Conglomerate merges can lead to an ascend in “market share, synergy and cross selling”. Here diversification takes a major roll and thereby reduces the “risk exposure” factor. The cons of this particular combination can be the monopolization of a company over a certain market and the over expansion of the conglomerate can seriously affect the quality of functioning of the company and result in the collapse of the system. Such coalescence can be detrimental as it restricts business options for newly formed enterprises in the market. However it is to be note that Non Horizontal Conglomerations do not promote loss of direct competition and are therefore not anti-competitive within an overall framework.

Regulation of Combinations

A merger or a combination can be held valid under the purview of the Competition Act 2002 and its regulation policies only if the newly acquired or merged enterprise passes the threshold pertaining to the assets and the turnover mentioned in the Act. If not confined to the criteria then the attractancy of the new enterprise will be nil as far as the provisions of the Competition Act are concerned. Sections 5 and 6 of the Competition Act covers the definition and regulation of combinations.

The Procedural Aspects

Step 1: To Notify

Once the threshold is met the next step is to non optionally notify the Competition Commission of India (CCI) on the merger or combination as prescribed in section 6 (2) of the Competition Act. This is for the purposes of determining whether a combination would have the effect of or is likely to have an appreciable adverse effect on competition in the relevant market while regarding factors like the actual and potential level of competition through imports in the market; extent of barriers to entry into the market; level of combination in the market; degree of countervailing power in the market etc.

The CCI has been amended on the 8th of January 2016 bringing in key changes closing in to complete ease of doing business in India and also in the regulation of combinations through the Competition Commission of India (Procedure in regard to the transaction of business relating to combinations) Amendment Regulation, 2016. Any new enterprise to be considered by the CCI will have to abide by the section 6(2) of the Competition Act read with Regulation 5 and Regulation 8 of the Combination Regulation (2016).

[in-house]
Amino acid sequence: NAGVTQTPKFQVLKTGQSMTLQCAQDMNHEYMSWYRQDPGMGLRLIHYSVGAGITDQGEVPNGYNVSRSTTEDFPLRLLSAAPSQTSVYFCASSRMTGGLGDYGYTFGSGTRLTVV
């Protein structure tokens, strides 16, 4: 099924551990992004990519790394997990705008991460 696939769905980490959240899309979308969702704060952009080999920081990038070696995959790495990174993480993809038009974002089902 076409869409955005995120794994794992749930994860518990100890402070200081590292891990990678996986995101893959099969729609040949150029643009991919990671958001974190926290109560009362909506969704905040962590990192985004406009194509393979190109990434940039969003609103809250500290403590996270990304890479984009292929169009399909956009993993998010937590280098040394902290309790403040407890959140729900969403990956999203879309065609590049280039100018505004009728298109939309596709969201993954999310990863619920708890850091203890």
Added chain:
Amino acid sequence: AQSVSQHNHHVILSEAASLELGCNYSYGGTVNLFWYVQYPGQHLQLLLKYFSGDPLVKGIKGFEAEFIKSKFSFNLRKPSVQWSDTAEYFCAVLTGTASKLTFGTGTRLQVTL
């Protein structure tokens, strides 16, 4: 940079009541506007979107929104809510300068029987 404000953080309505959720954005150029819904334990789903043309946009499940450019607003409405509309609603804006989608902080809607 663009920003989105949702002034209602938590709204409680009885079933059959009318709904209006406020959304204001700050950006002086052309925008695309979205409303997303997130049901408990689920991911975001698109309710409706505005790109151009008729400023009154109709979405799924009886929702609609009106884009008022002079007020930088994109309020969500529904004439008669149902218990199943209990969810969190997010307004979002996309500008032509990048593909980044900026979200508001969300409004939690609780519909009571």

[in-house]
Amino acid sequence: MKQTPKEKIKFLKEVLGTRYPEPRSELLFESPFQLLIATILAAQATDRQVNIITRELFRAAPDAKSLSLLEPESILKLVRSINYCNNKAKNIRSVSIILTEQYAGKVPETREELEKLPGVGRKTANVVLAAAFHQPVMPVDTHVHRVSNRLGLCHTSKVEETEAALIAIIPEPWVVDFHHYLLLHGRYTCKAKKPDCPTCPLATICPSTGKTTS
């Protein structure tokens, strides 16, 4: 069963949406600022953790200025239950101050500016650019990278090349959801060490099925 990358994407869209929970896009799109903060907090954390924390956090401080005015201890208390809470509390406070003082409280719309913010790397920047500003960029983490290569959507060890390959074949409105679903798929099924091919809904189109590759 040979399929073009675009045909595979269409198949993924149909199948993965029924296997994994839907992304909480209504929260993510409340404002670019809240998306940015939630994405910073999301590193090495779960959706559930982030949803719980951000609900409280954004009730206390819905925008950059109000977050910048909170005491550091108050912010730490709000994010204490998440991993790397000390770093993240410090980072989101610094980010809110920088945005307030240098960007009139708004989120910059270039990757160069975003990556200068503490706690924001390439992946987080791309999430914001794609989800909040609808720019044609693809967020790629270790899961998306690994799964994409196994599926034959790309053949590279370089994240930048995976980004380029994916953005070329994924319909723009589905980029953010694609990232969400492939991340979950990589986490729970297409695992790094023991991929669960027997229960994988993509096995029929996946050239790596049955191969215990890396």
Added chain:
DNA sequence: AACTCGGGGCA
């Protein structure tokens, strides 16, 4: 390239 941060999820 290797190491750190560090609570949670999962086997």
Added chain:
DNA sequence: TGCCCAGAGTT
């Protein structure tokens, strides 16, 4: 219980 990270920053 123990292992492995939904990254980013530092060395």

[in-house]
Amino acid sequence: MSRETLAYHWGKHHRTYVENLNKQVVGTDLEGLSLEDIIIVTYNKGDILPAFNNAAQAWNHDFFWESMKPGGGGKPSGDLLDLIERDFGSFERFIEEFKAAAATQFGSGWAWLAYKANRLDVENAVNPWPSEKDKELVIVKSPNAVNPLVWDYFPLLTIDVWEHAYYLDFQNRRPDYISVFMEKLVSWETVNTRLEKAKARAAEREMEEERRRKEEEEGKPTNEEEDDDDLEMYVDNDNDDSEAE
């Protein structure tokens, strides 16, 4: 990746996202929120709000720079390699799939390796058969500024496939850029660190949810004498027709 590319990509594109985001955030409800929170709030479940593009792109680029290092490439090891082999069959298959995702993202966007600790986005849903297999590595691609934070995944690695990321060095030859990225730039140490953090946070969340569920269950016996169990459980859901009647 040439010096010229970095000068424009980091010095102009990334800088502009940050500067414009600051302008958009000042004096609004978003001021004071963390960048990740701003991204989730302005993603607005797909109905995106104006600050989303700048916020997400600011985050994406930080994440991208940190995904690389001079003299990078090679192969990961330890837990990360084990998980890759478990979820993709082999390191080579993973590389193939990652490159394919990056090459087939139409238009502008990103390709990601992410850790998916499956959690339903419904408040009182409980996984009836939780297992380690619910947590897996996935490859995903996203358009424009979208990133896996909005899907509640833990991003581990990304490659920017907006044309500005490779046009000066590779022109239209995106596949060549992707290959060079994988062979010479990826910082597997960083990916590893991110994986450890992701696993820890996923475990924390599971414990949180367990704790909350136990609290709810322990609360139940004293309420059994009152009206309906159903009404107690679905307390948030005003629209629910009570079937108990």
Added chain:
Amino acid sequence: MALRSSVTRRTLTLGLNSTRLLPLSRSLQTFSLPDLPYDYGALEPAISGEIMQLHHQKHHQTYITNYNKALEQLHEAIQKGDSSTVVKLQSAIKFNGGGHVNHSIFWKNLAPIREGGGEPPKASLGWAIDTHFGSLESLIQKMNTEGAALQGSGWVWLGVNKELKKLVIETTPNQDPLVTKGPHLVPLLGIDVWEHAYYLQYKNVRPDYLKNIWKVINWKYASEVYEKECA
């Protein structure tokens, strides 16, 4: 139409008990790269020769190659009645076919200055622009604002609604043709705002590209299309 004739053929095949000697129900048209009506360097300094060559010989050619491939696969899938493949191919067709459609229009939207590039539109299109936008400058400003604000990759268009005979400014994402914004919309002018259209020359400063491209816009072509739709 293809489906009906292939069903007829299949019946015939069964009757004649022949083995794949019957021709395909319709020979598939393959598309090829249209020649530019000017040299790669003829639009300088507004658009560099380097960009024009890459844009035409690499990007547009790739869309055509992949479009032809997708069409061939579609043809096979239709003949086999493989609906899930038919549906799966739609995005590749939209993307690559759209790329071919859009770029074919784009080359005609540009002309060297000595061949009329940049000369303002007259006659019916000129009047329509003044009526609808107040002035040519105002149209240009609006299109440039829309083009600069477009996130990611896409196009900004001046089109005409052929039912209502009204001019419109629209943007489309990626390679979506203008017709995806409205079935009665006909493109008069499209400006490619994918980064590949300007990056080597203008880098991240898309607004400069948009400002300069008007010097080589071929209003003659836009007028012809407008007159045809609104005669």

Step 2

Inspection of the Notice: The CCI is to scrutinise the notice for defects or incompleteness on the premises of Regulation 14 of the CCI Amendment Regulation , 2016. After the process the parties to the merger are asked to remove the defects if any.

Step 3: Prima Facie Opinion

The Commission has to form a prima facie opinion under sub-section 1 of section 29 of the Act within thirty days of the receipt of said notice. The procedure related to forming a prima facie view is contained in Regulation 19. As per sub regulation 2 of Regulation 19, the Commission may, if considered necessary, require the parties to the combination to file additional information.

Further the parties are asked to publish the details of the combination as per section 29 (2) which creates an open invitation to the public to come forth with objections within fifteen working days from the publishing under section 29(3) , which are to be pacified by the CCI accordingly. The CCI may call upon the parties for additional information pertaining to the merger under section 29(4) read with section 29(5).

Step 4

Proceeding to the Final Order: After receiving the additional information the Commission decides as to whether or not the merger or combination will have unfavourable effects on the current competition market as per under section 31. If the commission has concluded after careful scrutiny that the combination at hand will not have harmful effects on the competition market then the Commission shall approve of the transaction under section 31(1) of the Act. On the other hand if the Commission has concluded negative on the transaction due to its adverse effect on the market , it shall hold the transaction null under Section 31(2) of the Act. In a third scenario the Commission can provide the parties with modifications to be made in the transaction to rinse out the provisions likely to be inharmonious to the competition market [Section 31(3)].

Conclusion

The regulation of combinations in a broad sense has two expressions. The first one being the procedural format to be followed by the parties and the CCI , starting off from the point of notifying the Commission proceeding to the dispensation of the final order. The transactions presented to the Commission through notification maybe countenanced , countenanced with modification or held null in accordance with the concerned provisions of the Act. At the centre of any resolution made by the Commission is the, COMPETITION APPRAISAL, markedly pertaining to vertical and horizontal combinations. Further in the challenge of steading the competition market what helps is the careful and erudite assessment of the unilateral and coordinated effects both quantitatively and qualitatively owing to specific cases. A number of factors come and go while assessing combinations but the overall guiding notion is a barter between the anti-competitive effects and the pro-competitive effects.